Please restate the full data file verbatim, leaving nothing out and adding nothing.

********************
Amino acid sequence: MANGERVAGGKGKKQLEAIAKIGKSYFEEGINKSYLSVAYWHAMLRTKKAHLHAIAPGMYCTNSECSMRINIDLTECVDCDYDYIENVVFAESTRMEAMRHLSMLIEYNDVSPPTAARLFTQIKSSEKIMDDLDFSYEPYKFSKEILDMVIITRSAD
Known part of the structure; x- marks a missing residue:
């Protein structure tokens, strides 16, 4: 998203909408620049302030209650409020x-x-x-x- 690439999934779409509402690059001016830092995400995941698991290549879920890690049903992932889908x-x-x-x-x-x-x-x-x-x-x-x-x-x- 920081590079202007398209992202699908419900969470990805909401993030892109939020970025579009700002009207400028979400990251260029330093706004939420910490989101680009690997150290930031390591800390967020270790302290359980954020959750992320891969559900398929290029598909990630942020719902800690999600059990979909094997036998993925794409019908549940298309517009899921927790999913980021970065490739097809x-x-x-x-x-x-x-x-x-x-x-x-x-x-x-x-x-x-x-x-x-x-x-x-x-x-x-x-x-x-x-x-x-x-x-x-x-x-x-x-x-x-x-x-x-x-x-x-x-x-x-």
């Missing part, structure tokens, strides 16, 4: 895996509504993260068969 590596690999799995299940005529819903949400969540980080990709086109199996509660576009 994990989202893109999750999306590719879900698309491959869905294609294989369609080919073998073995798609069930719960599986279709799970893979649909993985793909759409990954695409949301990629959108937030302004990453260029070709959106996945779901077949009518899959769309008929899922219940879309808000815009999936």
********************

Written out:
Amino acid sequence: MANGERVAGGKGKKQLEAIAKIGKSYFEEGINKSYLSVAYWHAMLRTKKAHLHAIAPGMYCTNSECSMRINIDLTECVDCDYDYIENVVFAESTRMEAMRHLSMLIEYNDVSPPTAARLFTQIKSSEKIMDDLDFSYEPYKFSKEILDMVIITRSAD
Known part of the structure; x- marks a missing residue:
């Protein structure tokens, strides 16, 4: 998203909408620049302030209650409020x-x-x-x- 690439999934779409509402690059001016830092995400995941698991290549879920890690049903992932889908x-x-x-x-x-x-x-x-x-x-x-x-x-x- 920081590079202007398209992202699908419900969470990805909401993030892109939020970025579009700002009207400028979400990251260029330093706004939420910490989101680009690997150290930031390591800390967020270790302290359980954020959750992320891969559900398929290029598909990630942020719902800690999600059990979909094997036998993925794409019908549940298309517009899921927790999913980021970065490739097809x-x-x-x-x-x-x-x-x-x-x-x-x-x-x-x-x-x-x-x-x-x-x-x-x-x-x-x-x-x-x-x-x-x-x-x-x-x-x-x-x-x-x-x-x-x-x-x-x-x-x-």
């Missing part, structure tokens, strides 16, 4: 895996509504993260068969 590596690999799995299940005529819903949400969540980080990709086109199996509660576009 994990989202893109999750999306590719879900698309491959869905294609294989369609080919073998073995798609069930719960599986279709799970893979649909993985793909759409990954695409949301990629959108937030302004990453260029070709959106996945779901077949009518899959769309008929899922219940879309808000815009999936």